Islam set aside all these baseless and frivolous discussions about the will of ‘Isa and introduced him in the following words:

Isa the son of Maryam, was no more than a Prophet. Other Prophets passed away before him. His mother was a chaste and truthful woman. They both ate earthly food and were human beings.” (Surah al-Ma’dah, 5:75).

By means of this verse Islam put an end to a large number of silly discussions of the dignitaries of the Church about the spirit, blood and individuality of ‘Isa. At the same time it dissuaded man from disputes and bloodshed by imparting sublime teachings to him and reviving his excellent human attributes.

Iran or the Cradle of Civilization of that Age

The scholars of sociology are of the view that the weak point about the government of the Iranians of that age was its despotic nature and the rule of an individual over the masses. The ignorant Arabs, with all their savagery and barbarism, possessed a sort of democratic government. With the establishment of ‘Darul Nadwah’, which enjoyed the position of the National Consultative Assembly, they had, to some extent, eliminated the defects of despotic rule. Although a government, whether constitutional or despotic, cannot solve the difficulties without the rule of religion and faith and the protection of secret police and cannot also maintain law and order which is the aim of every government, but it is an admitted fact that the wisdom and prudence of one person cannot equal the sagacity of a group of persons. Collusion and violence are comparatively lesser in a democratic government. It is for this reason that the grandeur and supremacy or weakness and humiliation of the Iranians have been closely related with the weakness or strength of their one-man government. A study of the Sasanian period of government and the oscillations which took place during that period fully justifies this statement.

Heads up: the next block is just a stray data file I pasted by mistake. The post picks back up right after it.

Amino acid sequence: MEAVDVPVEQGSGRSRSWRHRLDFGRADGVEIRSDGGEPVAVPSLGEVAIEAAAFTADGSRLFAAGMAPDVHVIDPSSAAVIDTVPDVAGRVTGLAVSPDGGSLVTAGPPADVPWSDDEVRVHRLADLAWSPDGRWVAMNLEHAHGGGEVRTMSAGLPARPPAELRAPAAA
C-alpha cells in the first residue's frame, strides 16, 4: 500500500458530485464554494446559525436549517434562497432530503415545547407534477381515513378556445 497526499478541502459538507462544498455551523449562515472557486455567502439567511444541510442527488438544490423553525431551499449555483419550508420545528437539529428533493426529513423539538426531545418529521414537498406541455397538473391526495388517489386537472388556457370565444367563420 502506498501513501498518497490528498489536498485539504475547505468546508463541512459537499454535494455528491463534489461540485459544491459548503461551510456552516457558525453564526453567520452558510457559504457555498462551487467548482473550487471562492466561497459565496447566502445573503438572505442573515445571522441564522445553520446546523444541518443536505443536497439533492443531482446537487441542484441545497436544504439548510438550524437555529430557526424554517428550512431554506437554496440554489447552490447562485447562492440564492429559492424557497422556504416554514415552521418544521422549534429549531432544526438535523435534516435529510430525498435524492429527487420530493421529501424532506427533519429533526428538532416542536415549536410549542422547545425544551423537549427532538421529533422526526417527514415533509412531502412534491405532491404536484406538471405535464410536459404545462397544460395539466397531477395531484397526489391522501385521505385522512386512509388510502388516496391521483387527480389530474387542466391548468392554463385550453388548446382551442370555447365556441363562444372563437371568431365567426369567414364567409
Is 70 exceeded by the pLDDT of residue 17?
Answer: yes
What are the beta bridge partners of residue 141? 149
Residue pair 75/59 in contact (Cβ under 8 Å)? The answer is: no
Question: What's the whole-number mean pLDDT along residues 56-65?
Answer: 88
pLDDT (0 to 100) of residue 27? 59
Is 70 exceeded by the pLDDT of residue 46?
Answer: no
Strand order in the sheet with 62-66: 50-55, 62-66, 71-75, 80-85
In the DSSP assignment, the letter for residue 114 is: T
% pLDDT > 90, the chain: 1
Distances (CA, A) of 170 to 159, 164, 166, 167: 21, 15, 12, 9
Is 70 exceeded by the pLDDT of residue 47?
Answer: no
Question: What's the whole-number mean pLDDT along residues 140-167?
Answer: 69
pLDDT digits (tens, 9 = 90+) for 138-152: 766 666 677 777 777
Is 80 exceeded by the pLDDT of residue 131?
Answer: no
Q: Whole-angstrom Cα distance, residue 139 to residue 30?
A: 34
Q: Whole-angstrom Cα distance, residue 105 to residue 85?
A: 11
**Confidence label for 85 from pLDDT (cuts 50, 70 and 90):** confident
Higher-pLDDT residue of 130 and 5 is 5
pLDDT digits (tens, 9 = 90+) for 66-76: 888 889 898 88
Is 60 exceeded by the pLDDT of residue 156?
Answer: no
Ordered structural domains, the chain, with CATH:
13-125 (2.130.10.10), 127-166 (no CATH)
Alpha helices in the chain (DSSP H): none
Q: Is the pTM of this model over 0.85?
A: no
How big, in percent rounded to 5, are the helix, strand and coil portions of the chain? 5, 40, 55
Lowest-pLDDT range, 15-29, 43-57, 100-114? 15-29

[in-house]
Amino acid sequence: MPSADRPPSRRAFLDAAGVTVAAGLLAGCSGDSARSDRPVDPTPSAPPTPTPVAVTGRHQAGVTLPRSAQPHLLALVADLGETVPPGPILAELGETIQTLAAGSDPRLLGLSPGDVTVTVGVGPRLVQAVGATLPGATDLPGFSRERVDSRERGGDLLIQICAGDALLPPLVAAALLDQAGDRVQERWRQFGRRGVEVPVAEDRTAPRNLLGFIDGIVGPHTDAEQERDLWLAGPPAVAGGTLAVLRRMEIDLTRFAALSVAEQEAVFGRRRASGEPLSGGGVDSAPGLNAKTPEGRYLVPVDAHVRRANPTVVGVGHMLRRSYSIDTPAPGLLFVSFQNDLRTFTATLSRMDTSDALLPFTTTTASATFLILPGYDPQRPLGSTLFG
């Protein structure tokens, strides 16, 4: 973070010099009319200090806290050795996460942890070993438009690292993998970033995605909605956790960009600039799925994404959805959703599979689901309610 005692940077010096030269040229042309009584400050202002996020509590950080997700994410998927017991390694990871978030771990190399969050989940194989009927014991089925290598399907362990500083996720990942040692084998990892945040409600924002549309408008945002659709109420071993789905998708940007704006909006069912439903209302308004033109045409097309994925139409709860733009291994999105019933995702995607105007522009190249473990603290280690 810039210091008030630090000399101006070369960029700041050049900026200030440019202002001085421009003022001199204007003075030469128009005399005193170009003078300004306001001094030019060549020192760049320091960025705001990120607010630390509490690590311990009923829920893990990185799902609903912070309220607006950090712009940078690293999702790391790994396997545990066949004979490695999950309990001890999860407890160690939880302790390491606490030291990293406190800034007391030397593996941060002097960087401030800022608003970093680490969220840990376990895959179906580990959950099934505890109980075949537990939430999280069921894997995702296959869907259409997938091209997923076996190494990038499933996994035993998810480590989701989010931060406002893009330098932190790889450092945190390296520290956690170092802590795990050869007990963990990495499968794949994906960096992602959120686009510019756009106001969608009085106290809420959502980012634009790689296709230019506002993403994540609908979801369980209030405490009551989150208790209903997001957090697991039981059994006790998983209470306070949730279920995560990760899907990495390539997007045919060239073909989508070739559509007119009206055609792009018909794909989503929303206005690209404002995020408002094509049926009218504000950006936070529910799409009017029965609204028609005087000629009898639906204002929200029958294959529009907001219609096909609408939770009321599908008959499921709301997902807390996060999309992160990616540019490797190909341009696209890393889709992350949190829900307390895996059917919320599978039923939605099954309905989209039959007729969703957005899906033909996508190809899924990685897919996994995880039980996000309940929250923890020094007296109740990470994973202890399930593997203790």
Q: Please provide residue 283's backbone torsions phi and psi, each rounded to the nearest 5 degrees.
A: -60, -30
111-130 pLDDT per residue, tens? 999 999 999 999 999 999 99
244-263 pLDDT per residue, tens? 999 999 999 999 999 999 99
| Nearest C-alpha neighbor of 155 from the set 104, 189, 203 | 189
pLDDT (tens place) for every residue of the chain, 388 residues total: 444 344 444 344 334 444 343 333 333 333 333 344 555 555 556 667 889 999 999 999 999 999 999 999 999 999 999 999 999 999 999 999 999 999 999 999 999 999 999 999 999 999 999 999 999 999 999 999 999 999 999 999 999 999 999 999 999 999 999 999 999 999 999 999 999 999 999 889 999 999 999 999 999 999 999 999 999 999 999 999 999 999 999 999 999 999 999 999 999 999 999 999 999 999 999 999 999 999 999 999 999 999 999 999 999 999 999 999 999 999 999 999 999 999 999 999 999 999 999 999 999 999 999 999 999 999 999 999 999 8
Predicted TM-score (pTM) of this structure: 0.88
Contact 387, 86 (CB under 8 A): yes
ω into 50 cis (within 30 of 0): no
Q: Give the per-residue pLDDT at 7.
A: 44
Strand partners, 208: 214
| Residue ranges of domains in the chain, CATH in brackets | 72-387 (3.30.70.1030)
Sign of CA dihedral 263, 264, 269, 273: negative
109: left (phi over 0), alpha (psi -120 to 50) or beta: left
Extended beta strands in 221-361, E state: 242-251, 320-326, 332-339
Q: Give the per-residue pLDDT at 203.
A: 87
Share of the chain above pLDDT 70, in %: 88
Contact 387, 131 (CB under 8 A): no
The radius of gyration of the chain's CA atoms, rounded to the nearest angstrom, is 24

General Conditions of Iran simultaneous with the Dawn of Islam

The advent of Islam and the appointment to the prophetic mission of the Holy Prophet (611 A.D.) was concurrent with the reign of Khusro Pervez (590-628 A.D.). The Holy Prophet’s migration from Makkah to Madina also took place during his time (Friday, the 16th July, 622 A.D.) and this event became the beginning of the history of the Muslims.

In those day’s two big and powerful states (Byzantium and Sasanian) Iran ruled a large part of the civilized world of that time. They had been quarrelling and fighting with each other for long in order to dominate and rule the world.20

The prolonged wars which the Iranians fought against the Romans started during the reign of Anushirwan (531-589 A.D.) and continued for twenty four years i.e. till the time of Khusro Pervez. The great losses and enormous expenditure which Iran and Rome had to bear; on account of these wars, dealt severe blows to both of these powerful states and nothing except only form, without any substance, was left of them.

In order that we may understand clearly the conditions of Iran from different angles it is necessary for us to study briefly the conditions of various governments from the end of the rule of Anushirwan onwards till the time when the Muslims made their appearance.

Fondness for Luxuriousness during Sasanian Period

Sasanian kings were usually fond of luxuries and voluptuousness. The pomp and grandiloquence of the Sasanian court dazzled the eyes.